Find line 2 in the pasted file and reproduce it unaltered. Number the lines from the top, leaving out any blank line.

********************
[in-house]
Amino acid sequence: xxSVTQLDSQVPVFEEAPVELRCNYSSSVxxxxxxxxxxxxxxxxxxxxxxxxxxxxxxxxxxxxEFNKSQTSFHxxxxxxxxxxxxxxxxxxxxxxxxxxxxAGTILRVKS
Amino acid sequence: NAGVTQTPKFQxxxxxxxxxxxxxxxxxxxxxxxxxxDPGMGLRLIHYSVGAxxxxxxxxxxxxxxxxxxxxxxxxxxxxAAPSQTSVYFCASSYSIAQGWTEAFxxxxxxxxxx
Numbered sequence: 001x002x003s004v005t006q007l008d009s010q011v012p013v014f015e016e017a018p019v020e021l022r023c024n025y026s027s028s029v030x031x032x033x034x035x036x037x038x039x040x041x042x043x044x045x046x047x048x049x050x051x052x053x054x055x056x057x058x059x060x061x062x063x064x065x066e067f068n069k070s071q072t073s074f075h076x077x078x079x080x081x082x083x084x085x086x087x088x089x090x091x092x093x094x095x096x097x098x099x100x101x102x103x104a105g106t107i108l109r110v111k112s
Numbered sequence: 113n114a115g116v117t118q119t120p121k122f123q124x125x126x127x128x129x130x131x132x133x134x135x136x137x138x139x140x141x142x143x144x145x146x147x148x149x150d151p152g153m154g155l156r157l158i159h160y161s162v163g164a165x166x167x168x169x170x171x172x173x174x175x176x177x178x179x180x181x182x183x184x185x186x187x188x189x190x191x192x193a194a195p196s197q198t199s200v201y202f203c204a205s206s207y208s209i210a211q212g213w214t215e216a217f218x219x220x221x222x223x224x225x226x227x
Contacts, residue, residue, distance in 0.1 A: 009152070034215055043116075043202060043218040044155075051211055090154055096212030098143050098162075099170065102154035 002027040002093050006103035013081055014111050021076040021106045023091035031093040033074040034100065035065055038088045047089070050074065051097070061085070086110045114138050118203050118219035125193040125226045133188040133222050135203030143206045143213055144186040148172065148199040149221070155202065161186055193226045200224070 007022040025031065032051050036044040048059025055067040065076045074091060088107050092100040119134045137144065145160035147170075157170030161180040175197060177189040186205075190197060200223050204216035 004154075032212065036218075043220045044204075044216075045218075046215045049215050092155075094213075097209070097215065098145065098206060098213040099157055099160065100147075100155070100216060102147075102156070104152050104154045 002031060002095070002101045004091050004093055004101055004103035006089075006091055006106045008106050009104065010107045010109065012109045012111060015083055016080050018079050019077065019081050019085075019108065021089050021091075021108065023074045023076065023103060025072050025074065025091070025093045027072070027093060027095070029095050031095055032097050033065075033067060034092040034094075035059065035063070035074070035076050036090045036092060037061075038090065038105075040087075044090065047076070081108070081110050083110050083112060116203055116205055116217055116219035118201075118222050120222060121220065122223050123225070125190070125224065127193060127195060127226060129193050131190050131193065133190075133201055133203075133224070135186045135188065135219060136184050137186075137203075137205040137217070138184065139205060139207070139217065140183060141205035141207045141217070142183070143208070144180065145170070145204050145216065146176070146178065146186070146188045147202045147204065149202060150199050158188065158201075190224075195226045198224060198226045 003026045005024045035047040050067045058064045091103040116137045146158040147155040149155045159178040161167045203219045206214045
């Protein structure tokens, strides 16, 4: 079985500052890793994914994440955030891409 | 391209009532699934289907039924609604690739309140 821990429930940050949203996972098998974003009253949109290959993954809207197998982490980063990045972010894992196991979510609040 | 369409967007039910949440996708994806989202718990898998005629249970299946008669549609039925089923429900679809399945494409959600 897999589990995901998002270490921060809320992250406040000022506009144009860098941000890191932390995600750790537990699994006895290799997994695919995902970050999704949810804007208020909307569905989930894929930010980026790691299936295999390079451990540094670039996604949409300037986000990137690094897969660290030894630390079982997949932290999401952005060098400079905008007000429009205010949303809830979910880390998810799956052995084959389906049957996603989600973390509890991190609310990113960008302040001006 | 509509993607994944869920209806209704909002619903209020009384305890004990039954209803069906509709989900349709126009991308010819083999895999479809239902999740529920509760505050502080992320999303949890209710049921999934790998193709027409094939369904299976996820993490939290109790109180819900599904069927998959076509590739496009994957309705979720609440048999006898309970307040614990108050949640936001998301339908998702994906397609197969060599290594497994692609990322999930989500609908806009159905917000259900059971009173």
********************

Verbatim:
Amino acid sequence: xxSVTQLDSQVPVFEEAPVELRCNYSSSVxxxxxxxxxxxxxxxxxxxxxxxxxxxxxxxxxxxxEFNKSQTSFHxxxxxxxxxxxxxxxxxxxxxxxxxxxxAGTILRVKS